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Podcast: Daly takes big pride in 'Little John'

By Golf Channel DigitalDecember 14, 2017, 5:28 pm

John Daly is a two-time major champion, but the newest trophy in his household belongs to someone else.

That’s because Daly’s son, 14-year-old Little John “LJ” Daly, rallied to capture an IJGT junior golf event over the weekend. The younger Daly birdied the first extra hole to win a five-person playoff at Harbour Town Golf Links, site of the PGA Tour’s RBC Heritage.

Daly recently sat down for a Golf Channel podcast to describe what it’s like to cheer for his son and PNC Father-Son Challenge partner, share the unique challenge presented by the upcoming Diamond Resorts Invitational and reflect on some of the notable highs of a career that has now spanned more than 25 years.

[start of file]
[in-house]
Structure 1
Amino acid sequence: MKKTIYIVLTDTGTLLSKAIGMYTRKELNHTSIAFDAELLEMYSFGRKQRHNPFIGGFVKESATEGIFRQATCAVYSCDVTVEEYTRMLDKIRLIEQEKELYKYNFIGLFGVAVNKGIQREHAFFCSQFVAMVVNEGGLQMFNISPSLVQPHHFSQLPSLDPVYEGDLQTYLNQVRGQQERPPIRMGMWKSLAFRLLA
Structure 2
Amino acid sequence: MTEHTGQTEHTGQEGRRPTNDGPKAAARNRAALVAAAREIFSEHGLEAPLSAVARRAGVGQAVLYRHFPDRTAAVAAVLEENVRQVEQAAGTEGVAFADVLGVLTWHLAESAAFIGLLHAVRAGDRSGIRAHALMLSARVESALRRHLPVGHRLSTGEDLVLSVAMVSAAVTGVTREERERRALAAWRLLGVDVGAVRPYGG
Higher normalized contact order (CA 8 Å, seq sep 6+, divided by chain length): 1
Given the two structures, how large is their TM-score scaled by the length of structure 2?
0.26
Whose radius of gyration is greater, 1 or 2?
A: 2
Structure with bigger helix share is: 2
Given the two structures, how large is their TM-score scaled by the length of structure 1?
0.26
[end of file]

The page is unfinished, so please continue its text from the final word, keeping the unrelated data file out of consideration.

Sneds starts slowly in Masters invite bid

By Will GrayDecember 14, 2017, 4:22 pm

Brandt Snedeker flew halfway around the world in search of a Masters invite, but after one round of the Indonesian Masters it appears he'll likely return home empty-handed.

Snedeker made only two birdies during his opening round in Indonesia, shooting an even-par 72 that left him in a tie for 77th and 10 shots behind leader Justin Rose. This is the final OWGR-rated event of 2017, and as a result it has drawn several notable entrants, including Snedeker, who hope to crack the top 50 in the world rankings by year's end to secure a trip to Augusta National.


Full-field scores from the Indonesian Masters


Snedeker started the year ranked No. 28, but after missing five months because of injury he entered the week ranked No. 51 and is projected to slip even further by the end of the month. As a result, he likely needs a top-3 finish in order to secure a return to the Masters, which he has missed only once since 2007.

World No. 55 Dylan Frittelli also struggled, shooting a 4-over 76 in the opening round, while No. 56 Kiradech Aphibarnrat is tied for 14th at 4 under. Yusaku Miyazato, currently 58th in the world, is tied for ninth and five shots behind Rose.